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Treating obesity

Counterfeit Medicines

Counterfeit medicine, sometimes called falsified medicine, can have potentially dangerous health consequences and represents a rising public health challenge. In addition, it can also lead to a loss of confidence in the healthcare system.

Woman speaking to doctor

The World Health Organization (WHO) has received reports of falsified medicines from all regions of the world, with 1 in 10 medical products in low- and middle-income countries estimated to be substandard or falsified. This problem is not a new one – counterfeit and substandard drugs have a long history, with the supply of falsified anti-malaria drugs dating back to the early 1600s.

Amidst a surge in counterfeit obesity medication, awareness of counterfeit medicines can protect you and the people around you. This article explores why counterfeit medicine present a big issue and gives you practical advice on how to reduce the risk of being exposed to them to protect your health.   

What is a counterfeit medicine?

Medicines go through rigorous testing and approval processes to ensure they are safe for the public and treat a disease in the way they intend to. There are many health authorities that ensure each product goes through this process and are only distributed through licensed and legitimate methods (for example, prescription-only treatments).

Falsified and counterfeit products imitate real, approved medicines, but are deliberately mislabelled and avoid this authorisation process. It can be helpful to understand these different definitions:

  • Counterfeit medicines: are made by someone other than the genuine manufacturer and do not comply with intellectual-property rights/infringe trademark law
  • Falsified medicines: are medicines designed to mimic real, authorised medicines
  • Substandard medicines: these are authorised medical products that fail to meet either their quality standards or specifications, or both. For example, if a genuine medicine is stolen, improperly stored and then resold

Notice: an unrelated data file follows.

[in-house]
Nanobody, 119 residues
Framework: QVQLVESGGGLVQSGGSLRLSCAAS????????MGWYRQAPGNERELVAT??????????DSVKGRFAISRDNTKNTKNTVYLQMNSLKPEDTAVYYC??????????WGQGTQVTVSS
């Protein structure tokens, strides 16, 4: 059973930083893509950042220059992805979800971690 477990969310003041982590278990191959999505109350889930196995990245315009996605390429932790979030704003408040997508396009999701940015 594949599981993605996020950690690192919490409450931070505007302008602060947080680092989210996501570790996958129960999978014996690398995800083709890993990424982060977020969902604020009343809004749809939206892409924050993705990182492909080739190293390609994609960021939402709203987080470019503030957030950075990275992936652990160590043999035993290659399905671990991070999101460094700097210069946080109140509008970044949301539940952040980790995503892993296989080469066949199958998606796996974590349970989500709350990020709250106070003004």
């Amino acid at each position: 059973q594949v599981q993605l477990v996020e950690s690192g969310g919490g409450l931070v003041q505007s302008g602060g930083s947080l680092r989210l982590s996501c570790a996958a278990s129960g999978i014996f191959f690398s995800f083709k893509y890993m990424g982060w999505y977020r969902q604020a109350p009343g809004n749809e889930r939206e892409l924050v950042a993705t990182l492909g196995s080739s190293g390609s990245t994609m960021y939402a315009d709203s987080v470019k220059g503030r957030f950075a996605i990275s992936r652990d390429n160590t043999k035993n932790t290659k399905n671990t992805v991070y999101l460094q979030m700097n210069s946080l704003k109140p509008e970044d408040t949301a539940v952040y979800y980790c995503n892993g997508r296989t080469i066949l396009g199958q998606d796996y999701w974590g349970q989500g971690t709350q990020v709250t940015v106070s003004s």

Falsified medicines may be sold online or other unauthorised platforms and often do not require a prescription or consultation with a healthcare professional to be bought. Depending on where the medication is obtained, there can also be a substantial price difference between the falsified and authentic medicines.

Why is counterfeit medicine a problem?

A well-designed counterfeit product will appear to be the same as the real, approved medicine. However, variations to the active ingredients – the part of the medicine that treats a condition – may lead to harm. These can include:

  • Incorrect quantities of the genuine, active ingredient
  • Untested dosage of the genuine, active ingredient. For example, the quantity or suggested frequency for taking the medicine has not been formally approved
  • Different active ingredient
  • Active ingredients that have been transported or stored unsafely

Due to the nature of these products being produced and distributed via unlicensed channels, you cannot be sure of the contents of a counterfeit medicine. Not only could taking these medicines result in not getting the correct treatment, but they could also expose you to toxic or harmful ingredients that, together, have potentially dangerous consequences for your health.

How do you know if a medicine is authentic or counterfeit?

It can be a worrying thought to know that counterfeit medicines could cross your path. These are some top tips on how you can protect yourself from the counterfeit products:

  1. Are you using a well-trusted source?